The Art of Academic Motivation

Parents are eager to motivate their children, particularly when it comes to academics. I’ve seen parents dangle tremendous incentives (e.g., upscale automobiles) as well as threaten stiff consequences (e.g., distant boarding schools) to encourage their children to maintain certain academic standards. Carrots and sticks, rewards and punishments, encouragement and threats: parents have tried them all. Any of these techniques can be effective for a time, but, when deciding which motivational strategy to employ with your own children, I’d encourage you to first consider the type of relationship you’d like your child to have with learning and education today and in the future.

When it comes to motivation, there is a broad consensus among educational researchers that positive reinforcement is superior in efficacy and creates fewer negative effects than the use of threats or punishment. Threats and punishments can be highly effective in the short term, but they can fundamentally transform your child’s relationship to the behavior you are trying to motivate, as well as impact your child’s senses of self, identity and autonomy. In a similar fashion, many academic researchers discourage the excessive use of tangible rewards to motivate. Whether you are using carrots or sticks, attempts to manipulate your children with external consequences can have unintended long-term effects, despite their short-term efficacy.

Some parents have an interesting view of motivation, and they express this in statements such as, “Jason has no motivation,” as if there were some vital essence that had drained from their son. This perception, however, is flawed. Human behavior, as a rule, is motivated. If Jason is sitting on the couch and texting his friends rather than doing his homework, he’s making a highly motivated decision. Students may certainly be low on motivation for a particular task, at a particular time, relative to other alternatives, but it’s most rare to find a student generally low on motivation.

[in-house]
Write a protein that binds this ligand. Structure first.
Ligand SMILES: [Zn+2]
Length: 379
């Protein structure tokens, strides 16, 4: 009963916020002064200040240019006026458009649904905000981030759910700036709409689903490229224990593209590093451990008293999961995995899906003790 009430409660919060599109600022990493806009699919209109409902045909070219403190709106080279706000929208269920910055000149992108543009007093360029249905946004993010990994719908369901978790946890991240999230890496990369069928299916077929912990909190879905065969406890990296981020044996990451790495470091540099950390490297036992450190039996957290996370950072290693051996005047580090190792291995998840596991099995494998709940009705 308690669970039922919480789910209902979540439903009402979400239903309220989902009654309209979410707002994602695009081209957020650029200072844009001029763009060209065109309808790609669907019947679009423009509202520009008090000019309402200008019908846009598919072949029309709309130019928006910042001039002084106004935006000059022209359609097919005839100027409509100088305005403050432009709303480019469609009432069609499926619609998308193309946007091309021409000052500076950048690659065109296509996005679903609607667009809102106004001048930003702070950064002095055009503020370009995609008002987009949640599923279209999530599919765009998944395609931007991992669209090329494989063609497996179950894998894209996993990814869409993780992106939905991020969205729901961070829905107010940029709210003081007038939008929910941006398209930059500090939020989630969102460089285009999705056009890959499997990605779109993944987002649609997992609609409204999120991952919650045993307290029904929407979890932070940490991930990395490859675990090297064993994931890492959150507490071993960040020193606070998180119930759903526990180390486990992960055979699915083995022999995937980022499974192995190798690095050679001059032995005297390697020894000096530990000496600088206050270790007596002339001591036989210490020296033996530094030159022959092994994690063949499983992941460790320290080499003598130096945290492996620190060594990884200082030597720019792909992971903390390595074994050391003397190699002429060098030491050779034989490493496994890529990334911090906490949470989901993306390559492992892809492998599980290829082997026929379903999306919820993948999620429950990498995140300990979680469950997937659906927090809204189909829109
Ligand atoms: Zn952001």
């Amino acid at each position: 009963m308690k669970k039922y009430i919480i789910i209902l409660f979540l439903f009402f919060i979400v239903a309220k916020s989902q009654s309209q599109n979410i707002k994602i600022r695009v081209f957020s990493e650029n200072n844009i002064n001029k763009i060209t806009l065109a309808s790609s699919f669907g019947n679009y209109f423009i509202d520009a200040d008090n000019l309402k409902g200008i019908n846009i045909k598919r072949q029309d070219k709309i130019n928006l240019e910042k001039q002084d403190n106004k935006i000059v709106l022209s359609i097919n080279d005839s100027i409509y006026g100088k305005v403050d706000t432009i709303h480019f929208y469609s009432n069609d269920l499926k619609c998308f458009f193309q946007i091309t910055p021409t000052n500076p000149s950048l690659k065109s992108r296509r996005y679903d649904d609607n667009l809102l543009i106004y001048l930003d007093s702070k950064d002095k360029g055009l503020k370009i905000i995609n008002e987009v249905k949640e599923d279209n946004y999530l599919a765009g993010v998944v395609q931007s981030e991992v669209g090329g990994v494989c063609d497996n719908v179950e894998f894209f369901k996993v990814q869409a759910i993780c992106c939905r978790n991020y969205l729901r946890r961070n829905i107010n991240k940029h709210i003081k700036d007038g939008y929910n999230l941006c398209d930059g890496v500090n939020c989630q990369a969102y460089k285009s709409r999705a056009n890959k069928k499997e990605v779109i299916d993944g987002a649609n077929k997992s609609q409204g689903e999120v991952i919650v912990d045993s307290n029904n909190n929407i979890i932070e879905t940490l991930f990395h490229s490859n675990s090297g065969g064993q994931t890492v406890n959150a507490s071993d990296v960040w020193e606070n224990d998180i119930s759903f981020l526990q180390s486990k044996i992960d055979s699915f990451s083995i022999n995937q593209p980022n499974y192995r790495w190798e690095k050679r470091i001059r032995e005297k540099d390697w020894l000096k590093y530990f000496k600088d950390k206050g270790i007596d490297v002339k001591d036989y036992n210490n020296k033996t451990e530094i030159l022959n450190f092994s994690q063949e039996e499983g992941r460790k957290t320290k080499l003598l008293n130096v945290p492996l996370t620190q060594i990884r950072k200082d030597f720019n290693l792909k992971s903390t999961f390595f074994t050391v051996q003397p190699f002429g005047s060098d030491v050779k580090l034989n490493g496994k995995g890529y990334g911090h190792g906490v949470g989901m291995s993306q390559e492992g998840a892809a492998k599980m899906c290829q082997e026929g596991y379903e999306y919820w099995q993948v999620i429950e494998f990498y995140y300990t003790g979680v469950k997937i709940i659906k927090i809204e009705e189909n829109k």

When Jason is playing video games until all hours of the night, he is demonstrating a certain type of motivation. Like Jason, in my childhood I would stay up until all hours of the night to finish a puzzle, complete a video game, or finish a book at the expense of sleep. Jason and I were experiencing what researchers call intrinsic motivation—motivation independent of any external reward. An intrinsically motivated individual will pursue an activity for the sake of the activity, because it’s fun, challenging, or satisfying in some capacity. By contrast, extrinsic motivation is externally focused, with an expectation of an external reward.

Many young people, just like me and Jason, love a challenge, a chance to test their mettle, an opportunity to overcome obstacles and come out ahead. When motivation for a particular task is low, there are four words that can act as a remedy: “Let’s play a game.” Many unmotivated students light up in the face of a challenge, a chance to win or lose. Competition can turn students on, particularly boys. Together we can agree upon the new constraints in which we will play: perhaps we will ratchet up the timing constraints, or add some limitation, or set a lofty goal. A game emerges, and honoring the sage counsel of renowned educational researcher, Mary Poppins, what was tedious can become more fun and more intrinsically motivating.